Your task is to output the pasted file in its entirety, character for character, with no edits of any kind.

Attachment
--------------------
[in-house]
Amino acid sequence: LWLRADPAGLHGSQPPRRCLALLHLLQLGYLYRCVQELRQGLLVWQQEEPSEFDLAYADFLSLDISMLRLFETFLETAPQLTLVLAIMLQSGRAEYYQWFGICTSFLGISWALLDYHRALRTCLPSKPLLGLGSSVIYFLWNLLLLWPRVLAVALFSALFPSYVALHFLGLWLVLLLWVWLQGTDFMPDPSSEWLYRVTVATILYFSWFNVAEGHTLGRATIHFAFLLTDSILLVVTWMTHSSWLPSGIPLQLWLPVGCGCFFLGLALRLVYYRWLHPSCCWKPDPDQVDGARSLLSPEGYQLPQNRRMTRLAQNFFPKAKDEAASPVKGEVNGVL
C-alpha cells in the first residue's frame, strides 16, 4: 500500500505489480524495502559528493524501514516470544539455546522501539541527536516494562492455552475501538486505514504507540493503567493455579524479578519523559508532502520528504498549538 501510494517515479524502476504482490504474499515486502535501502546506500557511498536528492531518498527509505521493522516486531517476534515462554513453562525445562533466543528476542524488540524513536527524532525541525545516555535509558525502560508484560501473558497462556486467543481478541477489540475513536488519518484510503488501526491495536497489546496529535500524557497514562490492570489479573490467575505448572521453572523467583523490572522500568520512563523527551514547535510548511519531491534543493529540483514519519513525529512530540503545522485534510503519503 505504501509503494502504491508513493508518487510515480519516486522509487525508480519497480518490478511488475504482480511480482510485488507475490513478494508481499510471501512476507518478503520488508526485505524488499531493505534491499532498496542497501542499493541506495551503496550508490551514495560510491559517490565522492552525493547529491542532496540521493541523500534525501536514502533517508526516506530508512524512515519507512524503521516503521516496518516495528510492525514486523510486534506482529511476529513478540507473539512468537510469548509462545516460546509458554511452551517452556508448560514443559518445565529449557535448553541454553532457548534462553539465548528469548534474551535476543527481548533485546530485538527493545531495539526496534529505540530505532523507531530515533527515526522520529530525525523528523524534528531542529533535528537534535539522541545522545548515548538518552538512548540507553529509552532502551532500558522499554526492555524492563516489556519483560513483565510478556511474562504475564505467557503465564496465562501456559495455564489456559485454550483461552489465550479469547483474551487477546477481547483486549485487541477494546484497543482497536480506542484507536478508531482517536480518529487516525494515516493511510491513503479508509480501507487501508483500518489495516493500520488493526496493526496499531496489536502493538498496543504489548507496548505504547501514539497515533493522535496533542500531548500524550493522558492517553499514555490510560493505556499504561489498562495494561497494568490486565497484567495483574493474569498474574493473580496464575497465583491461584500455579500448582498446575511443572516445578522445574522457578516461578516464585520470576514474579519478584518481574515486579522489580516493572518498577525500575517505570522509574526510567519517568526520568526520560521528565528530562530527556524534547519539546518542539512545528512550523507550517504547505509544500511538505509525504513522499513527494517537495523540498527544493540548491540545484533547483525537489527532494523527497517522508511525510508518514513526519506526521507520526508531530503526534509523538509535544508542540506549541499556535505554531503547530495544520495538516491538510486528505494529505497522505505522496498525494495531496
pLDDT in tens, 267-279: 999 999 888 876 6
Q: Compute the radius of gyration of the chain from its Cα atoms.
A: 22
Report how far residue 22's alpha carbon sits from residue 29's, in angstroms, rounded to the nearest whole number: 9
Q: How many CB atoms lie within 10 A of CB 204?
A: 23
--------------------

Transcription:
[in-house]
Amino acid sequence: LWLRADPAGLHGSQPPRRCLALLHLLQLGYLYRCVQELRQGLLVWQQEEPSEFDLAYADFLSLDISMLRLFETFLETAPQLTLVLAIMLQSGRAEYYQWFGICTSFLGISWALLDYHRALRTCLPSKPLLGLGSSVIYFLWNLLLLWPRVLAVALFSALFPSYVALHFLGLWLVLLLWVWLQGTDFMPDPSSEWLYRVTVATILYFSWFNVAEGHTLGRATIHFAFLLTDSILLVVTWMTHSSWLPSGIPLQLWLPVGCGCFFLGLALRLVYYRWLHPSCCWKPDPDQVDGARSLLSPEGYQLPQNRRMTRLAQNFFPKAKDEAASPVKGEVNGVL
C-alpha cells in the first residue's frame, strides 16, 4: 500500500505489480524495502559528493524501514516470544539455546522501539541527536516494562492455552475501538486505514504507540493503567493455579524479578519523559508532502520528504498549538 501510494517515479524502476504482490504474499515486502535501502546506500557511498536528492531518498527509505521493522516486531517476534515462554513453562525445562533466543528476542524488540524513536527524532525541525545516555535509558525502560508484560501473558497462556486467543481478541477489540475513536488519518484510503488501526491495536497489546496529535500524557497514562490492570489479573490467575505448572521453572523467583523490572522500568520512563523527551514547535510548511519531491534543493529540483514519519513525529512530540503545522485534510503519503 505504501509503494502504491508513493508518487510515480519516486522509487525508480519497480518490478511488475504482480511480482510485488507475490513478494508481499510471501512476507518478503520488508526485505524488499531493505534491499532498496542497501542499493541506495551503496550508490551514495560510491559517490565522492552525493547529491542532496540521493541523500534525501536514502533517508526516506530508512524512515519507512524503521516503521516496518516495528510492525514486523510486534506482529511476529513478540507473539512468537510469548509462545516460546509458554511452551517452556508448560514443559518445565529449557535448553541454553532457548534462553539465548528469548534474551535476543527481548533485546530485538527493545531495539526496534529505540530505532523507531530515533527515526522520529530525525523528523524534528531542529533535528537534535539522541545522545548515548538518552538512548540507553529509552532502551532500558522499554526492555524492563516489556519483560513483565510478556511474562504475564505467557503465564496465562501456559495455564489456559485454550483461552489465550479469547483474551487477546477481547483486549485487541477494546484497543482497536480506542484507536478508531482517536480518529487516525494515516493511510491513503479508509480501507487501508483500518489495516493500520488493526496493526496499531496489536502493538498496543504489548507496548505504547501514539497515533493522535496533542500531548500524550493522558492517553499514555490510560493505556499504561489498562495494561497494568490486565497484567495483574493474569498474574493473580496464575497465583491461584500455579500448582498446575511443572516445578522445574522457578516461578516464585520470576514474579519478584518481574515486579522489580516493572518498577525500575517505570522509574526510567519517568526520568526520560521528565528530562530527556524534547519539546518542539512545528512550523507550517504547505509544500511538505509525504513522499513527494517537495523540498527544493540548491540545484533547483525537489527532494523527497517522508511525510508518514513526519506526521507520526508531530503526534509523538509535544508542540506549541499556535505554531503547530495544520495538516491538510486528505494529505497522505505522496498525494495531496
pLDDT in tens, 267-279: 999 999 888 876 6
Q: Compute the radius of gyration of the chain from its Cα atoms.
A: 22
Report how far residue 22's alpha carbon sits from residue 29's, in angstroms, rounded to the nearest whole number: 9
Q: How many CB atoms lie within 10 A of CB 204?
A: 23